summer sewing project :: linen bib shirt

oh yes, I am still chugging along with the summer sewing project (to sew my summer wardrobe).  I have actually cheated a little bit but more on that in a future post.

for now, I’m proud to present *the linen bib shirt*.  I drafted the pattern for this top myself…based mostly off an existing top in my closet.  I’d love to say that was a seamless process but it wasn’t.  there may have been even a small amount of swearing when my first pattern draft needed a good deal of tweaking.  such is as it is. but, overall I am pleased with how the top turned out. I’m especially fond of how the linen fabric accentuates the gathering in the front.

it is made from a lovely charcoal linen I got at (gasp) Joann.  I was surprised to find such a nice linen there but I guess that is a good reminder to stay open to surprises. the arm straps are thin double fold bias tape. I made the side seams french seams to both enclose the seams as well as use the side seams to give the stop a bit of weight and definition.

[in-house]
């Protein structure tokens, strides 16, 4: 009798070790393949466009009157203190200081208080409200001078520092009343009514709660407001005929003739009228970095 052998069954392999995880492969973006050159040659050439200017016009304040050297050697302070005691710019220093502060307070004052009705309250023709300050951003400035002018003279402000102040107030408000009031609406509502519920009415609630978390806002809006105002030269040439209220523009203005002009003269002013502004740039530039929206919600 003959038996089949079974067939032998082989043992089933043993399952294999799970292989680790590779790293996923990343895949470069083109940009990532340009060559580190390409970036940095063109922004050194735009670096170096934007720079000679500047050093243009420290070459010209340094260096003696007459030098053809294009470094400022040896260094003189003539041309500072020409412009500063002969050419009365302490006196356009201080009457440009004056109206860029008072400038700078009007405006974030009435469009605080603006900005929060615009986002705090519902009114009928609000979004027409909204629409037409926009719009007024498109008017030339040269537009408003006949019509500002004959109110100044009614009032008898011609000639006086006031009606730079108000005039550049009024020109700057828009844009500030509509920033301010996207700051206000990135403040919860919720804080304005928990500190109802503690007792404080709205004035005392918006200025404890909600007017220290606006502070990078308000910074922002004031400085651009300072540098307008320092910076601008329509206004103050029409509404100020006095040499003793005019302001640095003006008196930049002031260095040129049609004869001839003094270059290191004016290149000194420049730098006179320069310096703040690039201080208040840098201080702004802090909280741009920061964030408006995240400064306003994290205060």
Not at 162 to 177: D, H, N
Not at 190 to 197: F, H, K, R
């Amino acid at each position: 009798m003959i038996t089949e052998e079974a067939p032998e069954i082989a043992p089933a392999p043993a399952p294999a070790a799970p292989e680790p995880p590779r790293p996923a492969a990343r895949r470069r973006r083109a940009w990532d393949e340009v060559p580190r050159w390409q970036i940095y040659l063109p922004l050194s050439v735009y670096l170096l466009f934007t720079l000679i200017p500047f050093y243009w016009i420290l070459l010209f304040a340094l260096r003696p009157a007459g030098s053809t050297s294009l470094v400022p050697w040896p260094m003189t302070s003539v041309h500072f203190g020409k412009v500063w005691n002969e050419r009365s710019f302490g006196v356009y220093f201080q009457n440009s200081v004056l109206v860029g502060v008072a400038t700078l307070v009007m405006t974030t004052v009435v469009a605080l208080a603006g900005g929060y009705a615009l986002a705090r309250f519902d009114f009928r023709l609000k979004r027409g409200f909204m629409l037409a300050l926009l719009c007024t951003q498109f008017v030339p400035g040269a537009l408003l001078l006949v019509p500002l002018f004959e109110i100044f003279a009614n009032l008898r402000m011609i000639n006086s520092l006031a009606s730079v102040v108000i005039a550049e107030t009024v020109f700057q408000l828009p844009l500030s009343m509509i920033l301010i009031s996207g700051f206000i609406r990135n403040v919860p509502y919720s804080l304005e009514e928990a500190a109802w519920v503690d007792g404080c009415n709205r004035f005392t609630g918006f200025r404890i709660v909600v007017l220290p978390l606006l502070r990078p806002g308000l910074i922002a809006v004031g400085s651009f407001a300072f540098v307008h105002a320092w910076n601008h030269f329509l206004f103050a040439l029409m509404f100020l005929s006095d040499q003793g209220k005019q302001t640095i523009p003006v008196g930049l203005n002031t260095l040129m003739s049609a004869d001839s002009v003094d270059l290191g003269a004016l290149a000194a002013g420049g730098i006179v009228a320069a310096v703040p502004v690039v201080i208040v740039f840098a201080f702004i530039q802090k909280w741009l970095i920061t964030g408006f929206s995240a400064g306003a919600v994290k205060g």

here is the back of the shirt, it has a bit of ‘bib’ as well. (sigh. nothing screams ‘get on top of that arm workout’ more than this shot. ugh.)

also, this top is going to join in the fun happening over at made by rae  for her spring top sewalong. it’s an inspiring group of sewists making some amazing tops…definitely worth checking out. heck, there is even one more week left…enter something!

 

summer sewing project :: the dresses

there has been some making and there has been some smocking. this first dress is made with the shards fabric from Cloud 9 fabrics…it’s a part of their affordable organic line.  I have been so impressed with the beautiful fabric coming out of this small fabric company and all of it is organic.